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Students Protest After APS Disables Wi-Fi For Student-Owned Devices

Apple Macbook Air laptopA temporary change in Arlington Public Schools’ Wi-Fi policy has some students steamed.

APS says it has disabled wireless internet access for student-owned devices during school hours, due to excessive web traffic on APS’ network — mostly from smartphones.

“Over the past two years APS has seen a massive increase in the use of mobile technologies,” said Linda Erdos, Assistant Superintendent for School and Community Relations. “Staff and students at some schools are increasingly wanting to connect personal cell phones or other mobile devices to the APS Wi-Fi network. As a result, there have been periods where the demand for access to the network has exceeded the APS capacity, resulting in slow internet performance for all users, particularly for classroom use.”

“To restore network integrity, APS has temporarily removed Wi-Fi access for the lowest priority devices, preventing student-owned devices from connecting to the APS wireless network between the hours of 8 a.m. and 4:30 p.m.,” Erdos continued. Students tell us the new policy has been in place for nearly a month.

APS is in the “final stages” of a procurement process that will build more bandwidth into the APS network, Erdos said. When that added bandwidth is in place — APS is hoping the work is complete by December — student-owned phones and other devices will be allowed back on the network.

“It has been decided that we will allow student-owned devices back on the network once the increased capacity is in place and we have tested it to ensure there are no problems,” said Erdos. “I just can’t give an exact date.”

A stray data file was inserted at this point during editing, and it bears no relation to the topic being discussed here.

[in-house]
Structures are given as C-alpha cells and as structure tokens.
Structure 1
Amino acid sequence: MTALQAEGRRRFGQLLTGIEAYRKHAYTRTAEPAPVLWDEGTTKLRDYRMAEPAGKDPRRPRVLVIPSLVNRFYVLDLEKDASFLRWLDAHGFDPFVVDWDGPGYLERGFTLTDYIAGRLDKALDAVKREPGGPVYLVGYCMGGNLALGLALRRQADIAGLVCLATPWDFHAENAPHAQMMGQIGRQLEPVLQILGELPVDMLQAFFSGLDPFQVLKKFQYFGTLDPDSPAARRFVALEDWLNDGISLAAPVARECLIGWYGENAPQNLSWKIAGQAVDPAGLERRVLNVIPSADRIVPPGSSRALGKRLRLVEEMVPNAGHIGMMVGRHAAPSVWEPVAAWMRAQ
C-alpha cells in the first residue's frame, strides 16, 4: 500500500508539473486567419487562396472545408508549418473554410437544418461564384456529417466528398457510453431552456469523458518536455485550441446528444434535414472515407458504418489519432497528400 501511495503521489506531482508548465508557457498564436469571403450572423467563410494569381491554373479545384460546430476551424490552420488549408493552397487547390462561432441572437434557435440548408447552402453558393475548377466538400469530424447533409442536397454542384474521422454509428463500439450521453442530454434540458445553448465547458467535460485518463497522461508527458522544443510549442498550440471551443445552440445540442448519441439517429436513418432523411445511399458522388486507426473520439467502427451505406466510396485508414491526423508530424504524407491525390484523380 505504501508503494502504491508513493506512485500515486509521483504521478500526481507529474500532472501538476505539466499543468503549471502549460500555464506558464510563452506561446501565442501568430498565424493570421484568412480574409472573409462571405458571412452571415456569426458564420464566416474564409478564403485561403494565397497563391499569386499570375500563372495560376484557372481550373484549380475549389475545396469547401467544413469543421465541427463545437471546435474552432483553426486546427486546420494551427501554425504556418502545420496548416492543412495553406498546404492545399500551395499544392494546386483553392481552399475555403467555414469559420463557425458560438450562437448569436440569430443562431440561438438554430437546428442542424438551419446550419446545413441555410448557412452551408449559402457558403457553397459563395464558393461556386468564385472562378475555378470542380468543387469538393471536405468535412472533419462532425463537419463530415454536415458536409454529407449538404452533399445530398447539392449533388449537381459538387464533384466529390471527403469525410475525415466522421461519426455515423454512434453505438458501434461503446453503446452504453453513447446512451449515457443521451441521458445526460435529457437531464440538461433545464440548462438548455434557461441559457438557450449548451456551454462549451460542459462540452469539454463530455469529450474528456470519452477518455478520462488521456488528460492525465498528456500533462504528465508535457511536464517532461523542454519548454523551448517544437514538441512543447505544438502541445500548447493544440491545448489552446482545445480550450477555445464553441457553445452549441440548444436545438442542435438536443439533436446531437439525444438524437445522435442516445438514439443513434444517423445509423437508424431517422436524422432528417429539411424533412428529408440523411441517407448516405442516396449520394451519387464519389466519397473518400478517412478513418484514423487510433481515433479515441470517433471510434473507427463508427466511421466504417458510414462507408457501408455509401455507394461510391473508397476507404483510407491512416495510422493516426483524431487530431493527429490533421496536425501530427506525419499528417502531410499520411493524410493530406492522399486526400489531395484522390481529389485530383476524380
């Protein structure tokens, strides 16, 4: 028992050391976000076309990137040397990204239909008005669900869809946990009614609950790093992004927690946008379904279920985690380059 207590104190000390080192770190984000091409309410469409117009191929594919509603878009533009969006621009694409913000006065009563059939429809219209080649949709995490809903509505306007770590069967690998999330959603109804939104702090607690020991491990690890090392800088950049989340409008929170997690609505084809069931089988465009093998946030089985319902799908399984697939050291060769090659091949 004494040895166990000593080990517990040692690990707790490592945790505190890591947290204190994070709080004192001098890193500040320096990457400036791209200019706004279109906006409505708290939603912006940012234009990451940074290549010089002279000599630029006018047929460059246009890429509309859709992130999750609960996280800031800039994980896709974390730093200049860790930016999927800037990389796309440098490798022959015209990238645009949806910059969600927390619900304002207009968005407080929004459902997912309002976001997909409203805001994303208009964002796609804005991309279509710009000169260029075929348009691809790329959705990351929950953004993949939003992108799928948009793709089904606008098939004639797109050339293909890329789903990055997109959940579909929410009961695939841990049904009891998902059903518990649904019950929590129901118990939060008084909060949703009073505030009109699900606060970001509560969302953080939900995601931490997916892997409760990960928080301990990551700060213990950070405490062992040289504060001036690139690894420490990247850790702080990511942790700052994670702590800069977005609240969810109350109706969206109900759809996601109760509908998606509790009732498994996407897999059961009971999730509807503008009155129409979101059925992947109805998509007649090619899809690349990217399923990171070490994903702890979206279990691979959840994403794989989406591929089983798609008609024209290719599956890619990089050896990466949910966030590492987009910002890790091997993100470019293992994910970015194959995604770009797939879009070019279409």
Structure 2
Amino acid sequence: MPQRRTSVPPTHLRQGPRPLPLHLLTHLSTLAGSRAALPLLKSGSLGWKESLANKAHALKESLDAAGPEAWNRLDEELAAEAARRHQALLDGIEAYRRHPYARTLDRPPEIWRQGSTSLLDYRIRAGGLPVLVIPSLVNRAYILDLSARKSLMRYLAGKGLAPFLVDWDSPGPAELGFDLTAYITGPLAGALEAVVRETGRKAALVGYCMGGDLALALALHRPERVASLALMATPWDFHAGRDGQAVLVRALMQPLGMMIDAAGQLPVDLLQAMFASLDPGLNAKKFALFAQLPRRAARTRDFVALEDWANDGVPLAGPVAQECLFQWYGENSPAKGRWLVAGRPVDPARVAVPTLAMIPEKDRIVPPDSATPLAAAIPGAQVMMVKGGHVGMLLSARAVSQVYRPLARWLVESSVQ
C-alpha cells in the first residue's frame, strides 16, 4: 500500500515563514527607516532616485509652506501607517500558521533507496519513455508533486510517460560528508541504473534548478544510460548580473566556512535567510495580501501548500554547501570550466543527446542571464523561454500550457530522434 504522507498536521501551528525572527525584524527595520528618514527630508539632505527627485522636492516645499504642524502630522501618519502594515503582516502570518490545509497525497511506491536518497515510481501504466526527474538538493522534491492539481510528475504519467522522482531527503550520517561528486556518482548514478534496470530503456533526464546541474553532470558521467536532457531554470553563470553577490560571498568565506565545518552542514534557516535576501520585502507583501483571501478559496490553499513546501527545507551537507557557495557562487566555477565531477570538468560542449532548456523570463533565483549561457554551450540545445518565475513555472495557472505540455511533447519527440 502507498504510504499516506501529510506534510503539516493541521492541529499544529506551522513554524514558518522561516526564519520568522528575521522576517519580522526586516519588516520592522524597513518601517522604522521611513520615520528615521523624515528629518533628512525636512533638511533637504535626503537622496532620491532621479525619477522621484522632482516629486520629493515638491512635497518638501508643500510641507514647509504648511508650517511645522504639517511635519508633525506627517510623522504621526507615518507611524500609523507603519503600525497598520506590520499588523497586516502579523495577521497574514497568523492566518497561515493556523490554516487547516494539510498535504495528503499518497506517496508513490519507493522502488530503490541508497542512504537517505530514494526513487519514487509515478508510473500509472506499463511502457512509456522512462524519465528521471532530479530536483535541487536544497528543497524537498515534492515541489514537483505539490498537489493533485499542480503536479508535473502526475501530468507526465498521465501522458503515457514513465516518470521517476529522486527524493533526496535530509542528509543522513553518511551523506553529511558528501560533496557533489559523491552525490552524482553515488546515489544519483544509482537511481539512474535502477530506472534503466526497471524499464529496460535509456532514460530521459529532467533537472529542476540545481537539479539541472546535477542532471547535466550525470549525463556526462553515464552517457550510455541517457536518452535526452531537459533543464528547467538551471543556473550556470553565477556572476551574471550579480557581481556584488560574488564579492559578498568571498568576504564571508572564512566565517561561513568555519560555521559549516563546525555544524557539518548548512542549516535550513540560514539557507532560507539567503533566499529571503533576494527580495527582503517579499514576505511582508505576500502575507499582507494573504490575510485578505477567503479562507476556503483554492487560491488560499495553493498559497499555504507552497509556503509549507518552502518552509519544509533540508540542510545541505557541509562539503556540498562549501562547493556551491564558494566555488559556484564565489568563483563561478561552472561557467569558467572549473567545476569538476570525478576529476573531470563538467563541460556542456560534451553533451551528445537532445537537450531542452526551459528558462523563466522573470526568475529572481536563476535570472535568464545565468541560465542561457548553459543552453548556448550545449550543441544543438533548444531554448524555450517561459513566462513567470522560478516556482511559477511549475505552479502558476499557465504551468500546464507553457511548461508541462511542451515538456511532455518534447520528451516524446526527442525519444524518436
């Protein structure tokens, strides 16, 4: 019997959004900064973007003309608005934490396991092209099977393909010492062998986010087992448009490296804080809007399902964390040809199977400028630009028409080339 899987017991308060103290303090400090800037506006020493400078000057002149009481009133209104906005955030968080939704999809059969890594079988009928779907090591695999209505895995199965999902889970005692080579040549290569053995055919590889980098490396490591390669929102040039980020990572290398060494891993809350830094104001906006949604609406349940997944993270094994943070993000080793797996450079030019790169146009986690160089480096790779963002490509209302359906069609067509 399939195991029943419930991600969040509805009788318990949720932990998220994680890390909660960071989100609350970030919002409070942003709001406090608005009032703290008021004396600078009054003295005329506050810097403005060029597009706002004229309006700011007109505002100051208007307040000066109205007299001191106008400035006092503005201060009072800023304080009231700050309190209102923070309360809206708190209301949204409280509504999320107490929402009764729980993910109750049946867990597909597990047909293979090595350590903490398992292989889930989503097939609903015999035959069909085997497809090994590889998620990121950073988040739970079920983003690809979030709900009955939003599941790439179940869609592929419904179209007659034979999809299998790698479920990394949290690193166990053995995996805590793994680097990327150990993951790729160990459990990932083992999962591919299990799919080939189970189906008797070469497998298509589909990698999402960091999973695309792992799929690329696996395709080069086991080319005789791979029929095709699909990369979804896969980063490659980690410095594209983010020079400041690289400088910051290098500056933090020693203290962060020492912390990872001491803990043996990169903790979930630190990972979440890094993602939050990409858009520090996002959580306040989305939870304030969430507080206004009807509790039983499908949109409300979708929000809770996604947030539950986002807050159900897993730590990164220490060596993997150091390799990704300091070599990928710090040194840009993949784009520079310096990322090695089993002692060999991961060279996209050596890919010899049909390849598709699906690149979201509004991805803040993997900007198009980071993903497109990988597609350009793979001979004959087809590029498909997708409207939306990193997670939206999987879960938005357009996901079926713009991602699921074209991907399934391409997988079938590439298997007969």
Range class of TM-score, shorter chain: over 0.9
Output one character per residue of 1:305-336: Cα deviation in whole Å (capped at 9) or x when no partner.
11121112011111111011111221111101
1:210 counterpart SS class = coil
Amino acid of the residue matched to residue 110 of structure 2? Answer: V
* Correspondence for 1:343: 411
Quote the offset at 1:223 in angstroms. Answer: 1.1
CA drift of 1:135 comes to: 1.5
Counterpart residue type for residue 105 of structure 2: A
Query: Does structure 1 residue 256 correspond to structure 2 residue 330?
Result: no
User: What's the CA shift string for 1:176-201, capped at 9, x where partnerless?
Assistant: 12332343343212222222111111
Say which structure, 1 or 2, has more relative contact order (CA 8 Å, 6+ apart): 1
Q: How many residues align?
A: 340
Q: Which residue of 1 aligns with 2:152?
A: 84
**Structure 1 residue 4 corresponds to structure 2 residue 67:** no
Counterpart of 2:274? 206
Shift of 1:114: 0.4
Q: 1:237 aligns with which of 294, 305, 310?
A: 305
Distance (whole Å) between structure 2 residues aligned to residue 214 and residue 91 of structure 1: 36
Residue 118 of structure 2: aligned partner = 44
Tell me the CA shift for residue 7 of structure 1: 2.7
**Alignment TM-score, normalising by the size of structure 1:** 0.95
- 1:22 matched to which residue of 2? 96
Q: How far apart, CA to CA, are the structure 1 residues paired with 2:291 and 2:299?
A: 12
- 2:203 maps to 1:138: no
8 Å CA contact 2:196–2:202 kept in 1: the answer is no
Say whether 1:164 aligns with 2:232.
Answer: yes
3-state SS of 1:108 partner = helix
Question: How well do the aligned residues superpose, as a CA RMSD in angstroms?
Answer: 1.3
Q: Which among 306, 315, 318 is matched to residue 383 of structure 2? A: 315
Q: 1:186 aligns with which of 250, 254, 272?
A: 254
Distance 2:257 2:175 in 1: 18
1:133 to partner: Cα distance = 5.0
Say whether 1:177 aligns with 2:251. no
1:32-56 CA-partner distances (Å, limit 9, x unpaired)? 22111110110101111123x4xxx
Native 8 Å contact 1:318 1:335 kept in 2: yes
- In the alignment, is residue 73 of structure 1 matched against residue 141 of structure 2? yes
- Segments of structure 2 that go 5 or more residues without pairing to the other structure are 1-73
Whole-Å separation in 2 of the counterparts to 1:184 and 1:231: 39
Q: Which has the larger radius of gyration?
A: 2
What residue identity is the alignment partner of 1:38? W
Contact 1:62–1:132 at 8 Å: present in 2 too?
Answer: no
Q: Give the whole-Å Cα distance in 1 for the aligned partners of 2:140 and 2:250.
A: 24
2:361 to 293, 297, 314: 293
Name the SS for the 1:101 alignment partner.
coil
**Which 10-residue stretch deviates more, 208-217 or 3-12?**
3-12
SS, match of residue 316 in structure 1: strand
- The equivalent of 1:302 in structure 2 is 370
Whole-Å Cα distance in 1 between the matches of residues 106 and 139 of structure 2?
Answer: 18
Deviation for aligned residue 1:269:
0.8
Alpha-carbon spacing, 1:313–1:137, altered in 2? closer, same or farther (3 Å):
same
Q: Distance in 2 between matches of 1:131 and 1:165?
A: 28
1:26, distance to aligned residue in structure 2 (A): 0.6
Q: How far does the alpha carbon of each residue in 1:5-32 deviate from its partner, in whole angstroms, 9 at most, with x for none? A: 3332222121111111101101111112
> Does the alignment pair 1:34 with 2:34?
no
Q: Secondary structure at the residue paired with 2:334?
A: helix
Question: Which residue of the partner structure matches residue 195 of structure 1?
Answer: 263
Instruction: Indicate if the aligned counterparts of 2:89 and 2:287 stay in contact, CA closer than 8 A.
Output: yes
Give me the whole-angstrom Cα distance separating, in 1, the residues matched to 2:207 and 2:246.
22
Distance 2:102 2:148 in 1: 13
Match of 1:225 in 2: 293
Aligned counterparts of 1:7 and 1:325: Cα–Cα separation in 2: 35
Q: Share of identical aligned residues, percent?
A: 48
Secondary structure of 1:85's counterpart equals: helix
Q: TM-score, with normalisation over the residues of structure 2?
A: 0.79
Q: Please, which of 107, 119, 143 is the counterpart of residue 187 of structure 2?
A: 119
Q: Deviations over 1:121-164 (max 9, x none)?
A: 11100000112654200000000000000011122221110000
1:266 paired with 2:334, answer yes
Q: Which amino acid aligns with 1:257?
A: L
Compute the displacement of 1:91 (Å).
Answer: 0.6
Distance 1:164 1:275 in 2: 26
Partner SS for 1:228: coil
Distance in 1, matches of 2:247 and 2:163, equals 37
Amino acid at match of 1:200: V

Students, meanwhile, are none too pleased with the lack of internet access. Cell phone service is spotty within schools, students say, and those without school-issued laptops and tablets — which are still allowed on the network — say they need internet access to complete school work at a time when APS is emphasizing technology in classrooms and removing computer labs.

Diana, a Yorktown High School student, wrote the following to explain that internet access is now an educational need, not just a means to slacking off in class.

Technology is seen as a very important part of curriculums and education in APS, which is why students should access to Wi-Fi.

Many places in Yorktown do not even have service so using cellular data is not always an option if students have to use their phones to do schoolwork, which as a senior I frequently have to do. Students can no longer log into Wi-Fi with personal laptops but students who are freshman and sophomores still can log in through their MacBooks since they are APS issued. This puts juniors and seniors at a disadvantage.

Google Docs is widely used at Yorktown and at APS and I use for typing up many notes and papers including for my independent study. Not having access to the Wi-Fi to be able to use Google Docs or just the Wi-Fi in general for my independent study can hinder my success in the class.

Yorktown did have two computer labs with laptops but those laptops were taken away and now those two places are just empty classrooms. Junior and Senior teachers are limited to just computers at the library to bring their class to or request a computer cart. These teachers can no longer tell students to pull out their phones to do something since they just don’t have the access to do so with no Wi-Fi while the underclassmen just use their MacBooks and don’t have to worry about a reliable internet connection.

On Twitter, other students were less reserved with their assessment of the situation, offering comments like:

  • “@APSVirginia @YorktownHS I’m dropping out of school if the wifi doesn’t get fixed”
  • “Turn on the f-cking wifi @APSVirginia”
  • “@APSVirginia has enough money to give thousands of MacBooks to freshmen and sophomores but can’t give the rest of us wifi?”
  • “@APSVirginia GIVE US BACK OUR WIFI THIS IS NOT NORTH KOREA”

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